I have coded up an HLSL function that does a so called "smart" sharpen by doing an unsharp mask on sobelized output so that only the edges get sharpened. I thought it would be kinda interesting to apply the sharpening to the edges, and leave the gaussian blur on the rest. It was kinda cool when I was testing, I left the sobelized edges in there instead of the unsharp mask because it turned into a cartoonish type medium (would be cool for someone wanting to do non-photorealistic type stuff).

Anyway, as far as the comments on using cG, HLSL isn't the asm pixel shader stuff, and I am more familiar with it and I think that CG is an nVidia thing and since I have ATI... I might see about using FX which lets you specify some more rules around the HLSL you use in it, and I think it would be "free" in the since that MS makes it as easy to compile the FX file into a shader as it does the HLSL.

Beyond that, I was going to post links and maybe some screen caps of my progress, but I'll do that tonite when I have more time.
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Old 16th December 2004, 23:29   #12  |  Link
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Quote:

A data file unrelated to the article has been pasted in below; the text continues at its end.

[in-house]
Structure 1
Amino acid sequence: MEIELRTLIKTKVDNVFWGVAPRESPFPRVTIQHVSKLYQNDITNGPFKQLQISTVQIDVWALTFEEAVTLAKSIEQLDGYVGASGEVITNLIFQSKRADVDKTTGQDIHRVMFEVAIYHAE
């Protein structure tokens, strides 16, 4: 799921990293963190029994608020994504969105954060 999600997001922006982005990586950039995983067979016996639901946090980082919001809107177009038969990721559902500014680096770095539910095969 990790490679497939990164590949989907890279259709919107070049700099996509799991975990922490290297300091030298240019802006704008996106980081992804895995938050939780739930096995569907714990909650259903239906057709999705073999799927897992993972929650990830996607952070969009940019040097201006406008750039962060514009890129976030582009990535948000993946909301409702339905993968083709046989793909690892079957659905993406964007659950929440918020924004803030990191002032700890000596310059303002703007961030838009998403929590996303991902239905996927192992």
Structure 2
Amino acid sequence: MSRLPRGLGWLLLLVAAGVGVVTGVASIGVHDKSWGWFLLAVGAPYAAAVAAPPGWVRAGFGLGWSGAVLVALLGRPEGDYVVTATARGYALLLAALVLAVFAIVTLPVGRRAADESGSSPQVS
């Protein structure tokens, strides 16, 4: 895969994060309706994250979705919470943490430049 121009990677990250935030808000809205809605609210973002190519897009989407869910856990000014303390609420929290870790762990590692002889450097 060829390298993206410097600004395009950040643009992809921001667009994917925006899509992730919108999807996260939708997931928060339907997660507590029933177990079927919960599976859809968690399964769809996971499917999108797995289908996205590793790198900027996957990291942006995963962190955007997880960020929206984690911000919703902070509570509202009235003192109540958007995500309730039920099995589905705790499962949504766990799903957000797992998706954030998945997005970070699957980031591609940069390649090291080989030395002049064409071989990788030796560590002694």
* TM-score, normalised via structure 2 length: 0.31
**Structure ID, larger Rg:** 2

Originally posted by Antitorgo
Yes, a hardware accelerated ssxsharpen would be cool, but seeing as how I don't know all the specifics of how it works, I can only guess on it supersampling and doing maybe an unsharp mask? I dunno. That was one of the points to me starting this thread.
Afaik it works like this...
Code:
LanczosResize(ox*4,oy*4).XSharpen(255,255).LanczosResize(ox,oy)
Maybe have a look here, here, here and here !!!


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Last edited by Soulhunter; 16th December 2004 at 23:35.
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Old 17th December 2004, 00:20   #13  |  Link
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Actually the whole point of ssxsharpen is to sharpen everything, both edges and areas
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Old 17th December 2004, 02:54   #14  |  Link
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I've coded up XSharpen as a shader with hardcoded 255,255 values and straight comparison vs. luma comparison (I was trying to calculate the luma inline and saturated the registers, so to do true luma i'd have to do two seperate shaders with one rendering to a different texture for lookups, and I was too lazy so i settled a straight comparison as a quick compromise). The results look about the same as XSharpen in the static images, but I will compare actuals when I fix the screen capturing code. BTW, XSharpen on Shrek2 w/o supersampling looks like absolute crap.